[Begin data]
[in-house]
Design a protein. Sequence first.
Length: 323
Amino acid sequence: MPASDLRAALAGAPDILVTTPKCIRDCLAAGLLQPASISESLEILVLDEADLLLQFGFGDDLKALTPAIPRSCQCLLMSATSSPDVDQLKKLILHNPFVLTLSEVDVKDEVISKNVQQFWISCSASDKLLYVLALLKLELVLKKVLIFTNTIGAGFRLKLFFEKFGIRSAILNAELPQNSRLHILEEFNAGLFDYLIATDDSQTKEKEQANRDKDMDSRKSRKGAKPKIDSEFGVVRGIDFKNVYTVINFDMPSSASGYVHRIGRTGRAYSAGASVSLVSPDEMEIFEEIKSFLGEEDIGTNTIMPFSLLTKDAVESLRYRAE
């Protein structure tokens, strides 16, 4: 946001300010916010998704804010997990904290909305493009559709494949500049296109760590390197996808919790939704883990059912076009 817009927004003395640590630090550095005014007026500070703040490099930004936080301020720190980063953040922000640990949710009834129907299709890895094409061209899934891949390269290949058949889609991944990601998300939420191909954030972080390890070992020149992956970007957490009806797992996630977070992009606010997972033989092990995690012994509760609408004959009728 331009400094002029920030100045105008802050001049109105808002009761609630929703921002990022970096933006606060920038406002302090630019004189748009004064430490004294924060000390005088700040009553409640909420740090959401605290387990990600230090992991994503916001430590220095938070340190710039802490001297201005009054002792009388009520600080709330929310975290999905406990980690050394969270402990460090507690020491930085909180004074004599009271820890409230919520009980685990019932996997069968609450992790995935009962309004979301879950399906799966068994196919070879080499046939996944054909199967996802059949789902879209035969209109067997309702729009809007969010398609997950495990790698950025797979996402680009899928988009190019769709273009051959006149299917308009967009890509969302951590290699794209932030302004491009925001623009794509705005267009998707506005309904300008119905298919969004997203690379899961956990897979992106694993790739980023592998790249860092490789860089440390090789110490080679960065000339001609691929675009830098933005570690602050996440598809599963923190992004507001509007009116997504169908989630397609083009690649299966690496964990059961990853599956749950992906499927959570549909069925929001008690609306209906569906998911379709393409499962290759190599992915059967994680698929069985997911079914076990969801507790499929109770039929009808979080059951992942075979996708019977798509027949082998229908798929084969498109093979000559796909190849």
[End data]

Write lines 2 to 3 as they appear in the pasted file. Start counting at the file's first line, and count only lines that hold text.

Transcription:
Design a protein. Sequence first.
Length: 323